Northwest Michigan Business News

April 15, 2017

Conducting Effective Employee Investigations


Whether you’re conducting an employee investigation into sexual harassment, embezzlement or any other kind of improper conduct occurring with employees during work hours or on work property, there are four key elements to an effective investigation. You must have a prompt, confidential, thorough investigation resulting in some action.


Good investigators follow a warm trail. Witnesses’ memories fade with each day. The urge to get things “off your chest” passes with time. Delay helps documents get purged, shredded or lost. Acting quickly is the best way to preserve information and evidence. A prompt investigation and response also demonstrates that your company takes such matters seriously and is concerned about employee welfare.


A well-drafted anti-discrimination or anti-harassment policy will explain that such investigations will be kept confidential to the extent provided by law. There are two import reasons for confidentiality. First, confidentiality encourages witnesses to come forward and tell all without the fear that their disclosures will result in retaliation from superiors or co-workers. Second, if the claims are unfounded, the company’s efforts to maintain confidentiality can preserve a good employer/employee relationship. Even if some of the claims are founded, some may not be, and public disclosure of private facts, or mis-statements about those facts, can result in an employee’s claim against the company for defamation.


Because there are at least two sides to every story, the investigator should consider using a timeline to plot out each significant factual event and then confirm those facts in independent witness interviews and check for contemporaneous evidence or documentation that corroborates the witness’ statement. Independent corroboration of key facts is critical to every investigation.

Here is an example:

Paula says Bill sexually harassed her at work. She claims it happened after work, in his office and that no one else was present during the incident. Her co-worker Mary is the only person who may have seen Paula enter Bill’s office after hours. The investigator should take the complaining party’s statement first. Start with the Who, What, When, and Where questions. Take careful notes or get permission and then tape record the interview.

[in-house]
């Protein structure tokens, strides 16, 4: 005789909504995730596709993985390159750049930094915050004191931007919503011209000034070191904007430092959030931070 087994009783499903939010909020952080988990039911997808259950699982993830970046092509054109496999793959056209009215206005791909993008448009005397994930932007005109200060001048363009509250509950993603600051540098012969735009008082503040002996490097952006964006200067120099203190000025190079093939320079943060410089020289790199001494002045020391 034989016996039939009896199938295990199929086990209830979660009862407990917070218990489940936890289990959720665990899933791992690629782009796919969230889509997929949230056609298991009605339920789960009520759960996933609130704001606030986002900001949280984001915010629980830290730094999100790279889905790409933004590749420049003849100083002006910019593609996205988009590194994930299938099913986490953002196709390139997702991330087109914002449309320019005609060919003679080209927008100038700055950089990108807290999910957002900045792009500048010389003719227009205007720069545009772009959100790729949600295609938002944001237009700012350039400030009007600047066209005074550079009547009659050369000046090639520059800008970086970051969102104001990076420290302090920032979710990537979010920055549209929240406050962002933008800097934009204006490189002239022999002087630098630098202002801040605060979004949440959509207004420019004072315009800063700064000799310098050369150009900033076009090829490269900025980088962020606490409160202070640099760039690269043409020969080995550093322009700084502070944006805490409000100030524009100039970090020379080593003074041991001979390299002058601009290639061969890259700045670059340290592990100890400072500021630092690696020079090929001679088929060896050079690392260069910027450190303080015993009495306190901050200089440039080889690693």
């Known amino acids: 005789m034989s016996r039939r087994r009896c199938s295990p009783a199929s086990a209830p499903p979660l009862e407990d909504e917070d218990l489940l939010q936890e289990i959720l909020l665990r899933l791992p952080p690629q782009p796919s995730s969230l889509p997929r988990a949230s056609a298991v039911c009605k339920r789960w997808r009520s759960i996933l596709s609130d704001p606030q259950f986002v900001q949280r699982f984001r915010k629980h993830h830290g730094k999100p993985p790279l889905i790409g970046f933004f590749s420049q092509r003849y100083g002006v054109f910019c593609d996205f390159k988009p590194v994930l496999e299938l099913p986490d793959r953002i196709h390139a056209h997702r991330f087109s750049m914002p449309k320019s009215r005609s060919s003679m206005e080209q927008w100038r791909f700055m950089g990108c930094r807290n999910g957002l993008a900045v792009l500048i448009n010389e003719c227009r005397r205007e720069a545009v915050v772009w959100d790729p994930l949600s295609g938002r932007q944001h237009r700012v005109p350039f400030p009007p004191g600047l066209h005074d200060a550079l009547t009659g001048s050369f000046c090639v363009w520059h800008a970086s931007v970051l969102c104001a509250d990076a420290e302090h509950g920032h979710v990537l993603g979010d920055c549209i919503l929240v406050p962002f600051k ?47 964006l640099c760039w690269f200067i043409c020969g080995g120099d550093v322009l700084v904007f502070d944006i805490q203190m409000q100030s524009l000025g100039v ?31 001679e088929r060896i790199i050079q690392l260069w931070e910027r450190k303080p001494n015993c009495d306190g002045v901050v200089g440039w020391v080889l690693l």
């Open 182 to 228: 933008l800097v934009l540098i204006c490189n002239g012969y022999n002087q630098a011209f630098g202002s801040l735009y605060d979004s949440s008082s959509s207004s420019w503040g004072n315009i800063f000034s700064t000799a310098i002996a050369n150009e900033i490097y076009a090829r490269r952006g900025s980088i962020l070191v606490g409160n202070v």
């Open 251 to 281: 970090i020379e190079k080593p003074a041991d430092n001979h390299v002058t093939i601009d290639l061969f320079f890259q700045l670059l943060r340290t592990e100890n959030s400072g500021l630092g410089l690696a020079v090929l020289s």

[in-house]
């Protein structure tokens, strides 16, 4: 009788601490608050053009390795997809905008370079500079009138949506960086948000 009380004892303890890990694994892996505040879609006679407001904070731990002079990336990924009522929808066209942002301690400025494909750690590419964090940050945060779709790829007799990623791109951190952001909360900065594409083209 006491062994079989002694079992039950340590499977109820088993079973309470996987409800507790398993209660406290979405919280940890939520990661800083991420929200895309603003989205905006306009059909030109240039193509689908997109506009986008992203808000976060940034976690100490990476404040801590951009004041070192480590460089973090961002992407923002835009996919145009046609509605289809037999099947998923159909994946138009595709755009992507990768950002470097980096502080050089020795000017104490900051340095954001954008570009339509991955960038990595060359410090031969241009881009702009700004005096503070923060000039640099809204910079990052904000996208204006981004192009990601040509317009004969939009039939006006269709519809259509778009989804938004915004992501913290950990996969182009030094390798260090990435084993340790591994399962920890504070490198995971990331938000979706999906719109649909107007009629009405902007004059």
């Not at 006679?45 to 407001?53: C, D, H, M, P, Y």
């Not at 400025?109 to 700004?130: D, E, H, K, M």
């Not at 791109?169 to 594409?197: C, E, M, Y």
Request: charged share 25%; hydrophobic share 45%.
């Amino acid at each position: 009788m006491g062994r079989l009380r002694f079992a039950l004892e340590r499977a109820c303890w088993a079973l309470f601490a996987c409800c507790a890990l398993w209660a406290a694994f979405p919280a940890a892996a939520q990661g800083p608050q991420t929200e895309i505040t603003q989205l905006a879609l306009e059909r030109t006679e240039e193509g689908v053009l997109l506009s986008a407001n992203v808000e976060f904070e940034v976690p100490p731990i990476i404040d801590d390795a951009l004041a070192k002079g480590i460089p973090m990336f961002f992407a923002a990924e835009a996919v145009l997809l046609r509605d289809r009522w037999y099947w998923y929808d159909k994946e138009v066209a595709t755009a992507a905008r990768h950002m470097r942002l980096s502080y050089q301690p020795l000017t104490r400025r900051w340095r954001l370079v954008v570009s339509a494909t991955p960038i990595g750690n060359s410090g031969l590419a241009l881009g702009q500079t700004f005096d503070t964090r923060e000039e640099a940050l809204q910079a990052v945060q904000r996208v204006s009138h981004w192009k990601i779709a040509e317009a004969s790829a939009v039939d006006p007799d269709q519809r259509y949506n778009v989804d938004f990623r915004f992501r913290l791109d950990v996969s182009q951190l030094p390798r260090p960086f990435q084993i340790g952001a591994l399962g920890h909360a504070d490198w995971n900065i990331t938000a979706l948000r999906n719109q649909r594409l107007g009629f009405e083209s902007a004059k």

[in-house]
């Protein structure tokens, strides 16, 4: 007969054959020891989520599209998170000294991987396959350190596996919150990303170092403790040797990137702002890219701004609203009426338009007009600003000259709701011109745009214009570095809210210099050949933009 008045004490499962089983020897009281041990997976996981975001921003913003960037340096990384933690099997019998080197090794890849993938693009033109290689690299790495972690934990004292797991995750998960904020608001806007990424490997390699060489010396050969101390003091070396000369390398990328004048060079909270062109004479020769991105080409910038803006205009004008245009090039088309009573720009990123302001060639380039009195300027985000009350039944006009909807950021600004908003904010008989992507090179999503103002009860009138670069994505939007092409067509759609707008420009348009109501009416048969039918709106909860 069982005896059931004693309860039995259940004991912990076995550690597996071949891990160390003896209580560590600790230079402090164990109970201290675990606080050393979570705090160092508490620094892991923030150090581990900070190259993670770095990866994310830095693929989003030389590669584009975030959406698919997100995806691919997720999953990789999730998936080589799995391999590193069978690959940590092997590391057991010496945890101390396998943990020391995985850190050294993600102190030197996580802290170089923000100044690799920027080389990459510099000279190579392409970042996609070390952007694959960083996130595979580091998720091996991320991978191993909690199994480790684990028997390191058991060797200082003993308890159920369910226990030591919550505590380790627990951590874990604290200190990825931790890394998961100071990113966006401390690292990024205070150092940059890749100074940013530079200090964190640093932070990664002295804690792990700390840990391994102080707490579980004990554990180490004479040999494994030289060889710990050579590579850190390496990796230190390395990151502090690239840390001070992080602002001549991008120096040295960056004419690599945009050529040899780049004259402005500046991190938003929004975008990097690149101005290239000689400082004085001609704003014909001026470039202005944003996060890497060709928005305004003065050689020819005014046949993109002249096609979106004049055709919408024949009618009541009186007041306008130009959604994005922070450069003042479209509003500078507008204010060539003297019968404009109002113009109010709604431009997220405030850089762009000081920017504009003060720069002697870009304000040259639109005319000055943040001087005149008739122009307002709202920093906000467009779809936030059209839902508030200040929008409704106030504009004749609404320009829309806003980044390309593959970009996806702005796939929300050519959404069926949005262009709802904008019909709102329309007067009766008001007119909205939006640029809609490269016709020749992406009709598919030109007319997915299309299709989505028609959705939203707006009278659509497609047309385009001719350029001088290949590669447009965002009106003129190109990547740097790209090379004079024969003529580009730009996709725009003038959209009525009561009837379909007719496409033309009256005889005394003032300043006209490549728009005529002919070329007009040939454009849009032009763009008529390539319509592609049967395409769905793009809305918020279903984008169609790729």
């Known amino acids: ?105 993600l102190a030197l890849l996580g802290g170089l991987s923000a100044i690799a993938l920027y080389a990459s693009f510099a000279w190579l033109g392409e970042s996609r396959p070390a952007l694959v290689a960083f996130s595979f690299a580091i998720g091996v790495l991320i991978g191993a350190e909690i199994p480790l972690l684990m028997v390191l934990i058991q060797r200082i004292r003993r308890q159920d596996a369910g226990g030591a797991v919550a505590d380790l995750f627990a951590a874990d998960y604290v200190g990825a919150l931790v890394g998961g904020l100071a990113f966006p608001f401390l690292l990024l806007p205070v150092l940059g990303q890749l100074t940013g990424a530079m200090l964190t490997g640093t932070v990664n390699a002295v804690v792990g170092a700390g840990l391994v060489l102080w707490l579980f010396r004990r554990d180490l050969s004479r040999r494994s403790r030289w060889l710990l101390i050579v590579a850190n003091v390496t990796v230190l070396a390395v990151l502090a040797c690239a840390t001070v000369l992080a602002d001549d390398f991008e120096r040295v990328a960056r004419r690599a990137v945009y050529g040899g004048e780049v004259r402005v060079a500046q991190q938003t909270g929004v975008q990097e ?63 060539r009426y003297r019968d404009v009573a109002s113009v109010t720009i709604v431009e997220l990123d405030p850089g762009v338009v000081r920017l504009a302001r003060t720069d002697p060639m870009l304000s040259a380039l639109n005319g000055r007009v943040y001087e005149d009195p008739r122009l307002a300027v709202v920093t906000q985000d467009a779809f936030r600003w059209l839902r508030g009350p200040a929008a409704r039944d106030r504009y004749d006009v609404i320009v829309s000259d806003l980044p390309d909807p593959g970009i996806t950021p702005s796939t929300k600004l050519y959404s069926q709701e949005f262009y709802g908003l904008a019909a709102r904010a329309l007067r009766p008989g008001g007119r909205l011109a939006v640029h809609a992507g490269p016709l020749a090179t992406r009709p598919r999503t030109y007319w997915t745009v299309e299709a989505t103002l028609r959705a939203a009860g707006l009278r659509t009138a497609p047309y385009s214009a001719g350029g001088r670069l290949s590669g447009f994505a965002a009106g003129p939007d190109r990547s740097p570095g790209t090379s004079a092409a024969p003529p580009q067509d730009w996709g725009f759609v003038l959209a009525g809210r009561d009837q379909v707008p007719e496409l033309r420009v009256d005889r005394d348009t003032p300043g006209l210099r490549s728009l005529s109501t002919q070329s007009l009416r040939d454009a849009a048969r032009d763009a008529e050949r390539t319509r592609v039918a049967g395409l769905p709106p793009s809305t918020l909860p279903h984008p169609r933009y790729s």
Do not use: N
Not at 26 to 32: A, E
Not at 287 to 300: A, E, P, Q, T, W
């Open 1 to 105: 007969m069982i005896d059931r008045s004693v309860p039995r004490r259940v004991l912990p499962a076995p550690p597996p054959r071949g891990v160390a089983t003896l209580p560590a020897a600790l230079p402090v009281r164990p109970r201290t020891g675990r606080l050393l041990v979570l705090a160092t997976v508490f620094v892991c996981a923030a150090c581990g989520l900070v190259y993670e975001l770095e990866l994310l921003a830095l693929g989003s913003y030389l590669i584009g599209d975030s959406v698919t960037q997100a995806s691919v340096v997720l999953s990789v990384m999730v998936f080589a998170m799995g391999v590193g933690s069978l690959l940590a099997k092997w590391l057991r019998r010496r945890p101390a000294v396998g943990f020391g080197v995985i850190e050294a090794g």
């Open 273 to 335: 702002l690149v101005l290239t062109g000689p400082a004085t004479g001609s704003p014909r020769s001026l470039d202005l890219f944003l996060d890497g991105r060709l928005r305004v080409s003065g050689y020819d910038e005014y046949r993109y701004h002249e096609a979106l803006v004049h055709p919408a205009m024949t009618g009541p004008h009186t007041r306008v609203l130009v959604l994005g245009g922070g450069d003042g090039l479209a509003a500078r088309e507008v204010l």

An important question that many untrained investigators forget to ask is Why. Establishing motive can help close a case. Q: Why do you think this occurred? A: He said I looked “hot” wearing my green blouse. After you have the complaining party’s statement, get independent corroborating evidence. Does Paula have a green blouse? Where is it? Is it ripped? Does she have any marks? When did Paula leave? Is there a time clock, check-in/check-out procedure, video surveillance of entrances/exits or parking lots showing Paula’s and Bill’s time of departure? What did Paula do after she left? Did she stop anywhere or buy anything?

Receipts show date, time and place and corroborate a person’s whereabouts. Computer- generated documents can show who authored the document and when. Computer data logs themselves can demonstrate who was using them and when.

If the employee you are interviewing is not a target of the investigation, say so. It will put them more at ease and encourage more disclosure. In the example case, the investigator should next interview Mary. Use a straightforward explanation that the company is investigating a claim of (describe the impropriety) without naming names. Explain that the investigation process is considered confidential and that everyone interviewed is expected to follow the confidentiality policy so she can feel free to disclose everything she knows without fear of embarrassment or retaliation.

Tell interviewees they should report back any attempts by others to breach the confidentiality policy. Again, the Who, What, Where and When questions can fill in blanks and confirm events. When did you leave work? Who did you see? Where were they? What were they doing? Keep the investigation limited to those with firsthand knowledge. If the interviewee does not have first-hand knowledge, what they tell you is hearsay, and is generally considered unreliable.

Throughout the investigation, disclose only as much information as is necessary to get information. Ask. Listen. Probe deeper. Ask the interviewee if there is anyone else who should be interviewed and why. Ask the interviewee if there is anything they want to tell you that you have not asked about.

Lastly, the investigator should interview Bill. Explain the confidentiality and no retaliation policy. Ask the Who, What, When and Where questions. Ask. Listen. Probe deeper. Do not forget the Why question. Q: Why would Paula make such a claim? Remember the investigator’s job is to gather information fairly and impartially and draw a conclusion as to what is the truth about the information gathered.


The investigator’s job is to draw a conclusion. Use common sense. Whose statements or stories were more credible and consistent? Report your conclusion. The company is then in a position to take appropriate action based on the allegations and conclusion. At minimum, both the accused and the accuser should be informed of the conclusion, even if the conclusion is inconclusive.

Even if no action is warranted against either accused or the accuser, it will be documented that the company fulfilled its obligation to investigate, and will have documentation to support taking further action, if necessary.

Download PDF